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Apart from injuries, I wonder how many dancers and dance students develop post-viral fatigue type illnesses such as Chronic Fatigue Syndrome (CFS). I know that Lauren Cuthbertson was out for many months after a bout of glandular fever and then CFS. Happily, she recovered and has danced the lead in a number of performances since, but I read somewhere that she is now very careful with her health (gets plenty of sleep etc). I get the impression that she has changed her lifestyle somewhat in an attempt to reduce the risk of a re-occurrence of her illness. Speaking personally, I have been rather taken aback by the deterioration in my teenage son's general health (he is not a dancer) since he started secondary school. He has developed quite severe hay fever (or possibly year-round rhinitis), is often tired and is off school with nausea for a day or two every couple of months. I have considered, and discounted, problems at school although he has found it hard to adjust to senior school. I just think that he doesn't get enough sleep or eat enough of the right foods, despite my best efforts, and his body is under a certain amount of stress because he is approaching puberty. I'm getting worried that he'll be ill or below par when he's sitting public exams in a couple of years time.

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I think this is an interesting debate how we strive as parents to keep our children healthy (physically and emotionally) especially through the teenage years when we have less control over their eating and sleeping patterns.

My 15 year old DD seems to fluctuate between having bags of energy and extreme lethargy and fatigue when she wants to sleep all the time.

I do find that the dancing children I have met (including my own DD) are incredibly hard working and driven and do tend to push themselves to the limit in all areas of their lives. Sometimes I find I just need to give her "permission" to take a night off.

I had an interesting chat with a colleague who is a child and adolescent mental health nurse; she said that if they get a referral for a teenage girl with symptoms of low mood they request that the GP prescribes iron tablets whilst they are waiting for the initial assessement as the symptoms for anaemia can be the same as depression in this age group.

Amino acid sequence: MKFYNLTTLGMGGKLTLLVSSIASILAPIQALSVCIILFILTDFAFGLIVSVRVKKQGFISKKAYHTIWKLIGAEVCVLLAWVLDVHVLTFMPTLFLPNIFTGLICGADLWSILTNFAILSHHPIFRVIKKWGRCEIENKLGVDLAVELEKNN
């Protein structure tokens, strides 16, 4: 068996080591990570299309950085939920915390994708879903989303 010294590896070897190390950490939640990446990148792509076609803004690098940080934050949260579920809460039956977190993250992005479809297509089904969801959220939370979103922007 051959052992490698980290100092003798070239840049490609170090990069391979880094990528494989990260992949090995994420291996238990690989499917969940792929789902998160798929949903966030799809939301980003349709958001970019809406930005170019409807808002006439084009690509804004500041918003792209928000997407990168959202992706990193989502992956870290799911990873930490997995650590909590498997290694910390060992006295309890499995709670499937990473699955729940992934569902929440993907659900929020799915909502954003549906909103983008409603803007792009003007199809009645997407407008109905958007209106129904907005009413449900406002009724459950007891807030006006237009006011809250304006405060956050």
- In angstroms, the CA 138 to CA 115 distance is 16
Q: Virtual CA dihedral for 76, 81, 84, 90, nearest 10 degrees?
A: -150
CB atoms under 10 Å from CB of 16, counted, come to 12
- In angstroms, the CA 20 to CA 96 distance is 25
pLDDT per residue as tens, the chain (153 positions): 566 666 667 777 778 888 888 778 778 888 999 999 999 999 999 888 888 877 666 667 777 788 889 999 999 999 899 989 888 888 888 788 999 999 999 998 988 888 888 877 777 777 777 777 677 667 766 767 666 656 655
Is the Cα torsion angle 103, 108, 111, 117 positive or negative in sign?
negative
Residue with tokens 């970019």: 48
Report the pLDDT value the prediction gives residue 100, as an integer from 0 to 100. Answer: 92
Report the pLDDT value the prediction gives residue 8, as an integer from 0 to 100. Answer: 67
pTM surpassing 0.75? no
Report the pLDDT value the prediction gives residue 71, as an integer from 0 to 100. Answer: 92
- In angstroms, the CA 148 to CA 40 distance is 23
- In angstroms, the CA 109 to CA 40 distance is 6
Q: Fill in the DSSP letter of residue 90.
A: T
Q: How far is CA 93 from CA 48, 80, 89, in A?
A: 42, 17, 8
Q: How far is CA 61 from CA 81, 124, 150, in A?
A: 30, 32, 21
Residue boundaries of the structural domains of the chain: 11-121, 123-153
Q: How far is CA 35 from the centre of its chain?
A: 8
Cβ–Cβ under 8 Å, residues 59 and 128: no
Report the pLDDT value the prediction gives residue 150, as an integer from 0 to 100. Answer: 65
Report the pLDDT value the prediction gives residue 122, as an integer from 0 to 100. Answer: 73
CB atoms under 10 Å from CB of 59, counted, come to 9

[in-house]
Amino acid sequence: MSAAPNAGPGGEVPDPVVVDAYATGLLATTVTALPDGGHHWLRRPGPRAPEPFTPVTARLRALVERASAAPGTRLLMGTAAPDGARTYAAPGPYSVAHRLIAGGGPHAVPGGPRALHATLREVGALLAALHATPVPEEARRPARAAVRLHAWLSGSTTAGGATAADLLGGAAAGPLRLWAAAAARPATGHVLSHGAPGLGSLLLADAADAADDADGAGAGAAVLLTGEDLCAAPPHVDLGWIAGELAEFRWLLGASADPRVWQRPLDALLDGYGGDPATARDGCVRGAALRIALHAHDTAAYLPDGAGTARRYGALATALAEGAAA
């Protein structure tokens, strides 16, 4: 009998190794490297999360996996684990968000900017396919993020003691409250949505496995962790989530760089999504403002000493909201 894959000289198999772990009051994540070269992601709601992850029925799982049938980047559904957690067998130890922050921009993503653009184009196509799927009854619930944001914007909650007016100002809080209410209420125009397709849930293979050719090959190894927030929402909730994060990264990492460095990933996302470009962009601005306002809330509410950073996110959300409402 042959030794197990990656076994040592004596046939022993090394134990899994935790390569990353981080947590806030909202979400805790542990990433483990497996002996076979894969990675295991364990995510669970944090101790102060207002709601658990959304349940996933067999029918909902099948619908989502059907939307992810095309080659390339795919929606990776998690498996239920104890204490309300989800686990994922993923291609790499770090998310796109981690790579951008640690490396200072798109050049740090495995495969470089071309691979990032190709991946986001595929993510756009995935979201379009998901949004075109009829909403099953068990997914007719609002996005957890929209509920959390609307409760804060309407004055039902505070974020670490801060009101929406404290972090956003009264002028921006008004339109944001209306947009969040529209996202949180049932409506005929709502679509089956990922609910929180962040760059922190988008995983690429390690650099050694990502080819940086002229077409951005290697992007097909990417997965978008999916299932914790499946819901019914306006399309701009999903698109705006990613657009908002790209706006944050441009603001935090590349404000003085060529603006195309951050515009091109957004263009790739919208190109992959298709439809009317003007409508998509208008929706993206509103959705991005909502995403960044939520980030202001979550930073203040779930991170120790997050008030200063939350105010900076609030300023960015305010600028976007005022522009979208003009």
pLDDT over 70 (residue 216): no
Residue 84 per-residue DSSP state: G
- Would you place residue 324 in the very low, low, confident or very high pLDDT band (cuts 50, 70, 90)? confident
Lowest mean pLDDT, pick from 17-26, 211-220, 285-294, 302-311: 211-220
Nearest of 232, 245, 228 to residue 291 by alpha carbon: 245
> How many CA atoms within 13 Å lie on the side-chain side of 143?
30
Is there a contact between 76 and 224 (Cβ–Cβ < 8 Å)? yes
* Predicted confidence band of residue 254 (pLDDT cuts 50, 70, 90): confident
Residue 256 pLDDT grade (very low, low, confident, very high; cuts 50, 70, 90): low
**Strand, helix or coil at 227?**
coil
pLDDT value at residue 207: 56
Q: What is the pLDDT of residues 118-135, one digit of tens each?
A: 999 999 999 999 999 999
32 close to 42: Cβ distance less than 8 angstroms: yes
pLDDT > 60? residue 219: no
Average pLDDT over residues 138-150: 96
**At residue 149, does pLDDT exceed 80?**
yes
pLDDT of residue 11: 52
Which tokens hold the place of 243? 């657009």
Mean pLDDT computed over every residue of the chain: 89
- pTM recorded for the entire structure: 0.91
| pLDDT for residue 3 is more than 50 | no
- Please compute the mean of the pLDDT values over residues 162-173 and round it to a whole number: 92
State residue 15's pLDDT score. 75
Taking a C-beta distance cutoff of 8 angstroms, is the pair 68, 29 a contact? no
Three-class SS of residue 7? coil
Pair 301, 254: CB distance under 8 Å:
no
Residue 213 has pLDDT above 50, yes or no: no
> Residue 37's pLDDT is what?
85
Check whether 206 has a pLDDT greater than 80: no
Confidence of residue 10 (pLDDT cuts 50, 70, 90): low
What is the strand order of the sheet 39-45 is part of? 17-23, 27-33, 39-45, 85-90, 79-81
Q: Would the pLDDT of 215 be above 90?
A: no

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Just wanted to add that on a previous thread I started regarding dancers and tiredness, I mentioned that I was ordering a book on nutrition. Well the book has arrived and I would like to recommend it as it is a fabulous source of information regarding health and diet and seems to link in nicely with this thread. Title: Nutrition for the Dancer by Zerlina Mastin.

swe

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Hi I just think as parents it is our responsibility to ensure that we protect our children's wellbeing when they are either sick or injured. Even if a child is determined to carry on they are unaware compared to most adults as to the possible consequences of their continuing to perform when not well or injured.

Ax

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Like your DD, Spanner, my DD took her Grade 5 having been violently ill with a stomach virus the day before. She hadn't eaten eaten for 48 hours and was insistent about taking the exam. She did so and got commended for it which was a miracle in the circumstances. She was fit for nothing after that.

Edited by Fiz
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Glad it's not just me Fiz! :-)

 

The thing is, the title of this thread is "Should dancers be ENCOURAGED to dance with injuries", not "Should we forcibly PREVENT our children from doing an exam when ill"

 

I'm probably overprotective with my daughter, but I know her personality, and if I had stopped her taking her Inter Foundation (especially as she wouldn't have been able to retake the exam), she would not have forgiven me. She stayed in bed for the days preceding and following the exam, but she would have laid there and stressed had I made her miss it.